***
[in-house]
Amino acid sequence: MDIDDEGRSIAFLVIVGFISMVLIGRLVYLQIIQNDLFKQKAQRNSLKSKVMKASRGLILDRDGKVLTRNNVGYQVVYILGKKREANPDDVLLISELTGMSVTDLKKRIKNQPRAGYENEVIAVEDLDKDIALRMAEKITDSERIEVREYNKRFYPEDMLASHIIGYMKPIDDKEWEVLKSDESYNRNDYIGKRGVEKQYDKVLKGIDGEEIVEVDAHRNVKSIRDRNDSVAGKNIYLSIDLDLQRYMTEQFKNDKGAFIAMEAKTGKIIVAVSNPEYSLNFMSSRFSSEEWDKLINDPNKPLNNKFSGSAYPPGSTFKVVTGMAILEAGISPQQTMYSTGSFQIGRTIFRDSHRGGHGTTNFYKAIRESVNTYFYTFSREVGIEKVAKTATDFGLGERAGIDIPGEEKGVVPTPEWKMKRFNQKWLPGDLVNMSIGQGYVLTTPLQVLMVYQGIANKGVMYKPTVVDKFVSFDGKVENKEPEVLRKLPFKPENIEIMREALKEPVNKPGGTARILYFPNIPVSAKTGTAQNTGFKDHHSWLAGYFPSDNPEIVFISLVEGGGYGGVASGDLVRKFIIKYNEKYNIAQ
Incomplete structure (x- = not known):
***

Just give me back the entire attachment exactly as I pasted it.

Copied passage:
[in-house]
Amino acid sequence: MDIDDEGRSIAFLVIVGFISMVLIGRLVYLQIIQNDLFKQKAQRNSLKSKVMKASRGLILDRDGKVLTRNNVGYQVVYILGKKREANPDDVLLISELTGMSVTDLKKRIKNQPRAGYENEVIAVEDLDKDIALRMAEKITDSERIEVREYNKRFYPEDMLASHIIGYMKPIDDKEWEVLKSDESYNRNDYIGKRGVEKQYDKVLKGIDGEEIVEVDAHRNVKSIRDRNDSVAGKNIYLSIDLDLQRYMTEQFKNDKGAFIAMEAKTGKIIVAVSNPEYSLNFMSSRFSSEEWDKLINDPNKPLNNKFSGSAYPPGSTFKVVTGMAILEAGISPQQTMYSTGSFQIGRTIFRDSHRGGHGTTNFYKAIRESVNTYFYTFSREVGIEKVAKTATDFGLGERAGIDIPGEEKGVVPTPEWKMKRFNQKWLPGDLVNMSIGQGYVLTTPLQVLMVYQGIANKGVMYKPTVVDKFVSFDGKVENKEPEVLRKLPFKPENIEIMREALKEPVNKPGGTARILYFPNIPVSAKTGTAQNTGFKDHHSWLAGYFPSDNPEIVFISLVEGGGYGGVASGDLVRKFIIKYNEKYNIAQ
Incomplete structure (x- = not known):